Eight years after his death, the annual August Wilson Monologue Competition provides high school students from around the country an opportunity to carry on the African-American playwright’s legacy. That legacy includes Pulitzer Prizes for "Fences" and "The Piano Lesson," two installments of Wilson’s 10-play series set in his hometown of Pittsburgh that examined 20th-century black life through the personal and political struggles of everyday people. The monologue competition originated in Atlanta with director Kenny Leon’s True Colors Theatre. It draws participants from seven cities including Seattle, New York, Chicago and Pittsburgh. Winners from this year’s regionals will compete in a final performance on May 6. [The event](http://augustwilsonmonologue.com/National_Finals.cfm), which is free and open to the public, will take place at the Broadway theater named after Wilson.* Colorlines.com caught up with two of the finalists, 17-year-old Zhane Ligon and 16-year-old Reginald Wilson Jr., at Manhattan’s Repertory High School for Theater Arts. In the video below, Wilson’s words from "Jitney" help transform them from soft-spoken teenagers into powerful storytellers. –Jamilah King *Post has been updated since publication.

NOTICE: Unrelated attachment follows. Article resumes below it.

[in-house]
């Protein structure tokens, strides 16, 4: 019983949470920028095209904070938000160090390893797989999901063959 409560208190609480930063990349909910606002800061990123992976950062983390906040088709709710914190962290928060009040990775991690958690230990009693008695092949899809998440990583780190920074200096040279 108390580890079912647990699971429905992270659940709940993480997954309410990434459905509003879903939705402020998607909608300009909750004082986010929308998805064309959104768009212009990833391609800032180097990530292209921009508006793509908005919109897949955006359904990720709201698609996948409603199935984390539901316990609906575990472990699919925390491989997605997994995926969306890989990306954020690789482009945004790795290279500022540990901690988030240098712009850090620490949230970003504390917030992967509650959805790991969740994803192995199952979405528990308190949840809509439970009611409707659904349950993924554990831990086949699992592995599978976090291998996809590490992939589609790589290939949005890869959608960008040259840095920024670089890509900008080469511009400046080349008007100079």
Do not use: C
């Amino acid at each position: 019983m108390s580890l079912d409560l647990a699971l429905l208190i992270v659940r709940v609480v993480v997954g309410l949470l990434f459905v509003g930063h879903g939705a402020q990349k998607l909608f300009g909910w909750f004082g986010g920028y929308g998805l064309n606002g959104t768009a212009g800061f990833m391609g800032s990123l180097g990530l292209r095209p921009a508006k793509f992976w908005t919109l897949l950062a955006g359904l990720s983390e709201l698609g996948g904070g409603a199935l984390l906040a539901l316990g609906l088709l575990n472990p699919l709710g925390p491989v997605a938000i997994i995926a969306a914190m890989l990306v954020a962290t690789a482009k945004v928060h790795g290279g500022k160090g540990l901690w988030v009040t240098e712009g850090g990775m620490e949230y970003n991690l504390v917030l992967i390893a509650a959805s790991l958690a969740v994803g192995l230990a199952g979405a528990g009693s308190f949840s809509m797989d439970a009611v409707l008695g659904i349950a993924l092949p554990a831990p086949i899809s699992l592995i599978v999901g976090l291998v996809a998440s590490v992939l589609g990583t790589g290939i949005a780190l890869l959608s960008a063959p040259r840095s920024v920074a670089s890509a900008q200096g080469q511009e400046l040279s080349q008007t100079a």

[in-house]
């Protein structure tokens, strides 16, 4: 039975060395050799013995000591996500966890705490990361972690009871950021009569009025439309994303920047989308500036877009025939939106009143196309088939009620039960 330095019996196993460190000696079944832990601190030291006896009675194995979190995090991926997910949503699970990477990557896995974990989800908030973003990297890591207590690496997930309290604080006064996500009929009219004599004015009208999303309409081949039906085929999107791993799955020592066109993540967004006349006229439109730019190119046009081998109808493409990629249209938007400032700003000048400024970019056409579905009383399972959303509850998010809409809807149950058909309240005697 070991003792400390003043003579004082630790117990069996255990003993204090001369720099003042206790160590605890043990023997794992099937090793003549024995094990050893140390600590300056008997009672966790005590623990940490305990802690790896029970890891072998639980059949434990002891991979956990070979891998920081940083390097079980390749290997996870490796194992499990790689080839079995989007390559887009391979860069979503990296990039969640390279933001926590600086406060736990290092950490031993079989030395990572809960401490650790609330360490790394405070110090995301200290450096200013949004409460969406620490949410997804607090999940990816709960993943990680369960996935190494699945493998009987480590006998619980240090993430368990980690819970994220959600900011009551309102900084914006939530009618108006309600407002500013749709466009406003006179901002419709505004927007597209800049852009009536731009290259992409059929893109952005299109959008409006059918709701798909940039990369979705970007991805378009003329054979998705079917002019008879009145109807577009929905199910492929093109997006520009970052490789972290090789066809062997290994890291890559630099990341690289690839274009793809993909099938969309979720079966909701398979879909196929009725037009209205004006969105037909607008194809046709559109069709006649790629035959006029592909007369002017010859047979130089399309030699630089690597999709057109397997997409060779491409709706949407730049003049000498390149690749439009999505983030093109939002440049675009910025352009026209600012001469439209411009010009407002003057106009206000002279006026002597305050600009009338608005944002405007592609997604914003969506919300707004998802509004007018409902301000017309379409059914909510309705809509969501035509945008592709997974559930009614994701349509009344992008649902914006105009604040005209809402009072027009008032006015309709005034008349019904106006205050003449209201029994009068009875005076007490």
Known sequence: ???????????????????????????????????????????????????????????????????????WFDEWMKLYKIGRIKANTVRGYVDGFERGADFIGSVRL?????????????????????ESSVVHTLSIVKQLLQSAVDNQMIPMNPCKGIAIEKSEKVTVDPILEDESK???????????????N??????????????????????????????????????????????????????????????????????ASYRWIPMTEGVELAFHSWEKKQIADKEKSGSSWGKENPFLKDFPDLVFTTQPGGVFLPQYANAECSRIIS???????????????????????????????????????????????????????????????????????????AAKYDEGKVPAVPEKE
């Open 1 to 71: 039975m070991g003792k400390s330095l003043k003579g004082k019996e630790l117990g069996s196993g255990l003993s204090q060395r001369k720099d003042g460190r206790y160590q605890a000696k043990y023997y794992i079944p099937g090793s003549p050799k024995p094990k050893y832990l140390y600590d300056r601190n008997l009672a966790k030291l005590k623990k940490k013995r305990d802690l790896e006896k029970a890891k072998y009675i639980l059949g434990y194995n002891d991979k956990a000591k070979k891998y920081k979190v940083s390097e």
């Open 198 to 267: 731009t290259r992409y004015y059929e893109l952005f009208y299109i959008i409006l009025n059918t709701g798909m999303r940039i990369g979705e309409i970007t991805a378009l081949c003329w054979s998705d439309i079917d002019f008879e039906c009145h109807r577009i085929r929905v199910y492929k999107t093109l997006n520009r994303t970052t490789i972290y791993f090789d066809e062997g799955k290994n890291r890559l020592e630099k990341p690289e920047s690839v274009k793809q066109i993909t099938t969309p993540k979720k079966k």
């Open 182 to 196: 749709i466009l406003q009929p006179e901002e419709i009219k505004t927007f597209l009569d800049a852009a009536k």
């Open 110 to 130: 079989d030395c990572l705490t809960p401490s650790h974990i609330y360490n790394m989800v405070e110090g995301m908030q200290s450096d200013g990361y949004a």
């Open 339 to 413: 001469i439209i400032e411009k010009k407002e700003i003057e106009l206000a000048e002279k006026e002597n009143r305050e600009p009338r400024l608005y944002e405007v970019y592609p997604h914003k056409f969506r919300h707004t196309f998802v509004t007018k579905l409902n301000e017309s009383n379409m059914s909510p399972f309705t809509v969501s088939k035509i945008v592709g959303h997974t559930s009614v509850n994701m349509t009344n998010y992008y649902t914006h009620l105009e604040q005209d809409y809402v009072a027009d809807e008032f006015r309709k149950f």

Teen Actors Keep Playwright August Wilson’s Legacy Alive [VIDEO]
The August Wilson Monologue Competition celebrates the work of the African-American playwright through the powerful performances of high school actors. Here, two finalists share their monologues with Colorlines.com.
By Jamilah King, Jay Smooth May 03, 2013